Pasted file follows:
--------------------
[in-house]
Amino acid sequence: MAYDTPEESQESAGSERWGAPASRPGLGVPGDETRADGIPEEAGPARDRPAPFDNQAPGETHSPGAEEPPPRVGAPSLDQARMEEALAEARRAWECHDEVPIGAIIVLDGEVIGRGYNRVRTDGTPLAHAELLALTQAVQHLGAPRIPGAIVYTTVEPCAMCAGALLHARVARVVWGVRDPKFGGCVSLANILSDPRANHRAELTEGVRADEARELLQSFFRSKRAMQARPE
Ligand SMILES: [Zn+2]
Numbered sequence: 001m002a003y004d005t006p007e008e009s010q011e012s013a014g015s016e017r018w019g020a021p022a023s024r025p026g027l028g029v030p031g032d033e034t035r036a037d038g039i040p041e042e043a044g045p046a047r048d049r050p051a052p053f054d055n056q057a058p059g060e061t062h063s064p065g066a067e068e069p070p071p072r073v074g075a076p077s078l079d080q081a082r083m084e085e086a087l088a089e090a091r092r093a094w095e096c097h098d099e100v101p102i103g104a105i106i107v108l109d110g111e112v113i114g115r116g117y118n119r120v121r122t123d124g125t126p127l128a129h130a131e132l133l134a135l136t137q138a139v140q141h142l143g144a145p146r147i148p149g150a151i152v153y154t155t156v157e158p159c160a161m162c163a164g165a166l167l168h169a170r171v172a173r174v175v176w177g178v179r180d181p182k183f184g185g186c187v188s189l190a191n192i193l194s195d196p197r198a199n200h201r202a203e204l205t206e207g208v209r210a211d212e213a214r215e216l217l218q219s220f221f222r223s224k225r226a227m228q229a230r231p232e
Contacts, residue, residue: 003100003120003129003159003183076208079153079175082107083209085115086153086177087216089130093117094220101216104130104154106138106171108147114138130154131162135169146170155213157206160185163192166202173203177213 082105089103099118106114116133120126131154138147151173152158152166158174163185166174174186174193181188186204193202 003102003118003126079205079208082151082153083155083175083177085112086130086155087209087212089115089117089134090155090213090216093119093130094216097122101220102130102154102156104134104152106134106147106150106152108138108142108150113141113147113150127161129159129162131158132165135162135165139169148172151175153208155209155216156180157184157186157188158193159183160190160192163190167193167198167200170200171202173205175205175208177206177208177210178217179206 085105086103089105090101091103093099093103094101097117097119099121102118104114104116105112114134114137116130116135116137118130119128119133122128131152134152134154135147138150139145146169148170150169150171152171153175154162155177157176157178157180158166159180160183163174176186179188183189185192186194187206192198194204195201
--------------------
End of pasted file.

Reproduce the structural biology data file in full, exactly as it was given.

[in-house]
Amino acid sequence: MAYDTPEESQESAGSERWGAPASRPGLGVPGDETRADGIPEEAGPARDRPAPFDNQAPGETHSPGAEEPPPRVGAPSLDQARMEEALAEARRAWECHDEVPIGAIIVLDGEVIGRGYNRVRTDGTPLAHAELLALTQAVQHLGAPRIPGAIVYTTVEPCAMCAGALLHARVARVVWGVRDPKFGGCVSLANILSDPRANHRAELTEGVRADEARELLQSFFRSKRAMQARPE
Ligand SMILES: [Zn+2]
Numbered sequence: 001m002a003y004d005t006p007e008e009s010q011e012s013a014g015s016e017r018w019g020a021p022a023s024r025p026g027l028g029v030p031g032d033e034t035r036a037d038g039i040p041e042e043a044g045p046a047r048d049r050p051a052p053f054d055n056q057a058p059g060e061t062h063s064p065g066a067e068e069p070p071p072r073v074g075a076p077s078l079d080q081a082r083m084e085e086a087l088a089e090a091r092r093a094w095e096c097h098d099e100v101p102i103g104a105i106i107v108l109d110g111e112v113i114g115r116g117y118n119r120v121r122t123d124g125t126p127l128a129h130a131e132l133l134a135l136t137q138a139v140q141h142l143g144a145p146r147i148p149g150a151i152v153y154t155t156v157e158p159c160a161m162c163a164g165a166l167l168h169a170r171v172a173r174v175v176w177g178v179r180d181p182k183f184g185g186c187v188s189l190a191n192i193l194s195d196p197r198a199n200h201r202a203e204l205t206e207g208v209r210a211d212e213a214r215e216l217l218q219s220f221f222r223s224k225r226a227m228q229a230r231p232e
Contacts, residue, residue: 003100003120003129003159003183076208079153079175082107083209085115086153086177087216089130093117094220101216104130104154106138106171108147114138130154131162135169146170155213157206160185163192166202173203177213 082105089103099118106114116133120126131154138147151173152158152166158174163185166174174186174193181188186204193202 003102003118003126079205079208082151082153083155083175083177085112086130086155087209087212089115089117089134090155090213090216093119093130094216097122101220102130102154102156104134104152106134106147106150106152108138108142108150113141113147113150127161129159129162131158132165135162135165139169148172151175153208155209155216156180157184157186157188158193159183160190160192163190167193167198167200170200171202173205175205175208177206177208177210178217179206 085105086103089105090101091103093099093103094101097117097119099121102118104114104116105112114134114137116130116135116137118130119128119133122128131152134152134154135147138150139145146169148170150169150171152171153175154162155177157176157178157180158166159180160183163174176186179188183189185192186194187206192198194204195201